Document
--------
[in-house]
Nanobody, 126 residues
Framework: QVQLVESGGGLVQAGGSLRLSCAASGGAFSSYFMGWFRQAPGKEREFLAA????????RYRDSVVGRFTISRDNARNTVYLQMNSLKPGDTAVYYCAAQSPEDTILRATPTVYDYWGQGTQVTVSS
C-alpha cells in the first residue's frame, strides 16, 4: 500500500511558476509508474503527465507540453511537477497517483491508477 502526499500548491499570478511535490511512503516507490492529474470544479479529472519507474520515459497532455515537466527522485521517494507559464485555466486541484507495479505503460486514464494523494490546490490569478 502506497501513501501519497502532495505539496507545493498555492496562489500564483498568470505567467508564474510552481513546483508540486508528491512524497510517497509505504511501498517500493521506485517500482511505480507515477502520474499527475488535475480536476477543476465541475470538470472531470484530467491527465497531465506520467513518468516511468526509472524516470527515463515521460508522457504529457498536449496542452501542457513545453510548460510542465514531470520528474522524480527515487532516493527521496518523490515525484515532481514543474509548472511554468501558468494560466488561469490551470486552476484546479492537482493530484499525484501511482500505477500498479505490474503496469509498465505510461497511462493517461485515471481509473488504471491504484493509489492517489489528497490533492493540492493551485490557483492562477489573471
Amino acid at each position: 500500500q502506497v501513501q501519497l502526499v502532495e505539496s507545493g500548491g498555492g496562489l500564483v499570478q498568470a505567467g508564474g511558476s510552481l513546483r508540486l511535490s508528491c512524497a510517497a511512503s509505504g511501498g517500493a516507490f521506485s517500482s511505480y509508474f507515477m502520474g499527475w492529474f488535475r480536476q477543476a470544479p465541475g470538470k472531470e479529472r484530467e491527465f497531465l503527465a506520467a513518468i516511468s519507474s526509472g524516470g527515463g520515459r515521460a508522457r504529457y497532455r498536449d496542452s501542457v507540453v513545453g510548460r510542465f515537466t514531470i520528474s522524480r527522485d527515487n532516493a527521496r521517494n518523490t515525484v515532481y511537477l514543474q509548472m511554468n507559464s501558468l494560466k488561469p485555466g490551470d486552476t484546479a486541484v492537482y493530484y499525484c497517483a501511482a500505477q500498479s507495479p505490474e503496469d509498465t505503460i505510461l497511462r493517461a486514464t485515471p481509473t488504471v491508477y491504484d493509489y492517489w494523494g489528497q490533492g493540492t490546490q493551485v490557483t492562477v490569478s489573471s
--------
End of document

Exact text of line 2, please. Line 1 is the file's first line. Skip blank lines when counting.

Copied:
Nanobody, 126 residues